One of the fastest-rising careers today is that of an ultrasound technician, due to the large demand for diagnostic imaging. This is because patients want to do away with radiological procedures, and they are turning to ultrasound technology as an alternative. In this article, we'll give you the gist of what ultrasound technology is, what the career entails, and what you need to be an accomplished ultrasound technician.
The first step is to learn about ultrasound technology schools and training programs.
- How is ultrasound technology defined?
Ultrasound technology is classified under the umbrella of diagnostic imaging, also sometimes referred to as sonography or ultrasonography, wherein sound waves are utilized to produce images of a certain anatomical part of the patient. This is a very important step towards diagnosis and assessment of certain medical conditions. Examples of areas of specialization that an ultrasound technician can take on are (1) gynecologic and obstetric sonography, (2) breast sonography, (3) abdominal sonography, (4) cardiac sonography, (5) vascular sonography, (6) neurosonography, and (7) ophthalmic sonography.
- What does the career of an ultrasound technician entail?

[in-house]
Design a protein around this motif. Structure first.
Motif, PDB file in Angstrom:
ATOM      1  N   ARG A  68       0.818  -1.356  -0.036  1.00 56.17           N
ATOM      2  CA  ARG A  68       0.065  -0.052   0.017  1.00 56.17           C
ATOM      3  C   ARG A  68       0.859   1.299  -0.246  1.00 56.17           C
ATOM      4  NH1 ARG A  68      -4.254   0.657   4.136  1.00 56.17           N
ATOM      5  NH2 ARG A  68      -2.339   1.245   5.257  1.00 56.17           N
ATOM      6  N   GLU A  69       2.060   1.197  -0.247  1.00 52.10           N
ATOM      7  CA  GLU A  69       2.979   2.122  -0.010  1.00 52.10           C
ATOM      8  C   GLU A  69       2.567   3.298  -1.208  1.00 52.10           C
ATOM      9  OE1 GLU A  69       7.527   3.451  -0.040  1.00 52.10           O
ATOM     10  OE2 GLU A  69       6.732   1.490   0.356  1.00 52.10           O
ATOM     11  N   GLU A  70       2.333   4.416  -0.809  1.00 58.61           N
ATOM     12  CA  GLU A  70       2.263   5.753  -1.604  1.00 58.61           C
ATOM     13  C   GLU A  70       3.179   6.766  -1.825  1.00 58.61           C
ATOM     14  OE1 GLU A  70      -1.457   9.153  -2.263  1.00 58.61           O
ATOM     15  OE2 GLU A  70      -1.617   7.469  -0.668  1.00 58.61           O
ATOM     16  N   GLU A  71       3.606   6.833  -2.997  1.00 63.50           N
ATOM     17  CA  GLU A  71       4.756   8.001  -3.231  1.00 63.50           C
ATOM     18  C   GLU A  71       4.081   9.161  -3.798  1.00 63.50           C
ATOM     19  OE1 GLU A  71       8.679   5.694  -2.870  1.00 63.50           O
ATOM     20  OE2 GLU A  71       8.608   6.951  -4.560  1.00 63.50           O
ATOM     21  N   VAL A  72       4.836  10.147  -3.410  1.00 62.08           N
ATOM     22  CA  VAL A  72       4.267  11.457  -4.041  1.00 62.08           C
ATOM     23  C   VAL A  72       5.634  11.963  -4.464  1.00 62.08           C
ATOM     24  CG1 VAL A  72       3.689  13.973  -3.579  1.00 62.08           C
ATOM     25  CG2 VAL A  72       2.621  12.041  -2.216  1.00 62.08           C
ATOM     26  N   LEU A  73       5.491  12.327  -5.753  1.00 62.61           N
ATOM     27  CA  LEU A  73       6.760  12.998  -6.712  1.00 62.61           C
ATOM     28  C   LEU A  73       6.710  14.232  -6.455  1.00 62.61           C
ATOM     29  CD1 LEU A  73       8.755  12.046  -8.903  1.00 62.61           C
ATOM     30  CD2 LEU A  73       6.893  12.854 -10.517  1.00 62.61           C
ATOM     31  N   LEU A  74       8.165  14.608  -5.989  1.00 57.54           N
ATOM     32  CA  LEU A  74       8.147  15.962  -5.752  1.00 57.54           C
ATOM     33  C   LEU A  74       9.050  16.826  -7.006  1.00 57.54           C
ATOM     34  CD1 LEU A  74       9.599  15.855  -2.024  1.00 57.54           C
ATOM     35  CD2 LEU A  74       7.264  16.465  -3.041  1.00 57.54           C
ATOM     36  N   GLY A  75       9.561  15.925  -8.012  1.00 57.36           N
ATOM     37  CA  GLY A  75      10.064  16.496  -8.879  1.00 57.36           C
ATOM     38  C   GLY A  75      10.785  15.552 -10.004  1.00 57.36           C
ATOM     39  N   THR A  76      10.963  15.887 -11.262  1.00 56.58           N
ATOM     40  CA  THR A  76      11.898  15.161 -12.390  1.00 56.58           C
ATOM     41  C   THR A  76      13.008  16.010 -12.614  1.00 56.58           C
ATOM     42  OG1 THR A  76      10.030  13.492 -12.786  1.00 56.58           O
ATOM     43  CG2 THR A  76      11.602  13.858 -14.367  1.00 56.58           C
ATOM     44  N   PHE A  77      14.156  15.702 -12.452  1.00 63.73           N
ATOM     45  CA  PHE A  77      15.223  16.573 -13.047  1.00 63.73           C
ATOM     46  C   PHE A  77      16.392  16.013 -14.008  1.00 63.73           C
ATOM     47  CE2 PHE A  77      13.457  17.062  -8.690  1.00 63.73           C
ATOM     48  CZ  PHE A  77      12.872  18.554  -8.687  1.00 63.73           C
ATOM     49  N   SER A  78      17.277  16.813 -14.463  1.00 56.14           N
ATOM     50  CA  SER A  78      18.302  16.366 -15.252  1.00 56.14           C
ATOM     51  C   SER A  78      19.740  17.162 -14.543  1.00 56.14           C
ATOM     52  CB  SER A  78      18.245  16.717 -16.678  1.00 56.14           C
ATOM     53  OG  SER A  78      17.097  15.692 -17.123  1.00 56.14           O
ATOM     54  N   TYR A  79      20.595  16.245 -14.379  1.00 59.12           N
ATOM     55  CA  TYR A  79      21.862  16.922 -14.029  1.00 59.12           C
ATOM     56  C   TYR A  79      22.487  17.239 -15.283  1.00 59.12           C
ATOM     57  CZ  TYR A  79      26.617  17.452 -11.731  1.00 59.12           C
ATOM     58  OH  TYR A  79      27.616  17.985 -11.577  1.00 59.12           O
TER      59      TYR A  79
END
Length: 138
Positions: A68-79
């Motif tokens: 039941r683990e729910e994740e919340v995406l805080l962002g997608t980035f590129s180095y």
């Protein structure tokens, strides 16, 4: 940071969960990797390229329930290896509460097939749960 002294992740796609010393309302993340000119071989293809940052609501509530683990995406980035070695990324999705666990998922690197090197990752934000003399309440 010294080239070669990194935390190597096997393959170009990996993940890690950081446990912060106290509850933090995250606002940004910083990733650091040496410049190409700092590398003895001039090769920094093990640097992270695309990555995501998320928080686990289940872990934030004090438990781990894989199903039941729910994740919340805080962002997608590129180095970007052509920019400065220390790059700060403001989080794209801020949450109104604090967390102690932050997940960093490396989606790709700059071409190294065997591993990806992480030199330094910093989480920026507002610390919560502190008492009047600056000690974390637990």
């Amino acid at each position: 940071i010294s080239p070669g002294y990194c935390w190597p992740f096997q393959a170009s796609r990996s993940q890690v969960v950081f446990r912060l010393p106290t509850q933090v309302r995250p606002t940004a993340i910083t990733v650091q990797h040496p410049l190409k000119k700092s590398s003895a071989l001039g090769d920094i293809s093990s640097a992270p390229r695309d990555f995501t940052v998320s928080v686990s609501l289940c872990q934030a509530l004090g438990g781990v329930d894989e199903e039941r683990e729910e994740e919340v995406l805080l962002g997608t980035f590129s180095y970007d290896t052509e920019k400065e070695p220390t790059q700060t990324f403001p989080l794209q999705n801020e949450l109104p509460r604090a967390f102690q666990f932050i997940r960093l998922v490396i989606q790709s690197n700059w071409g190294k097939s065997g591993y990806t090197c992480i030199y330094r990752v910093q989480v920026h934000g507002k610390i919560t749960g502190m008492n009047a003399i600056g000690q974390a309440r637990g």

Responsibilities of an ultrasound technician include maintenance and operation of diagnostic tools and equipment, gathering of relevant medical history and handling patients in order to successfully go about the procedure, evaluating the images and procuring the quality ones to be used for diagnostic and medical expert's review, and safekeeping of patient's records, among others.
- Ultrasound training and classes, what would one need to get?
The common choice to get ultrasound training is by getting a two-year associate's degree which is offered by vocational schools, colleges and universities. You can also get a certification program for two years offered by some hospitals. The four-year bachelor's degree is the same, offered by colleges and universities. You can see that there are one-year certification programs available, but these are not accredited and are only targeted towards current healthcare workers who are continuing their studies and education. In terms of the classes, it usually includes (1) Anatomy and Physiology, (2) Introductory Physics, (3) Technology and Instrumentation, (4) Medical Ethics, (5) Medical Record Keeping, and (6) Patient Care.
To ensure that you are getting quality and standard training needed for you to be successful in this field, make sure that the institution you'll take ultrasound classes in is accredited by the Commission on Accreditation for Allied Health Education Programs (CAHEEP). Also, the state does not require a license for ultrasound technicians or diagnostic medical sonographers, but there is an organization called American Registry of Diagnostic Medical Sonographers (ARDMS) who certify ultrasound technicians' competency. To be registered with ARDMS, you are required to pass a general exam and a specialty exam.
It's easy to find online programs which will provide you with accredited ultrasound training, so if you have already decided to take on a career in ultrasound technology, just make sure that you pursue your education even if you are already in the field; this way, you can stay up-to-date with the advances in this field.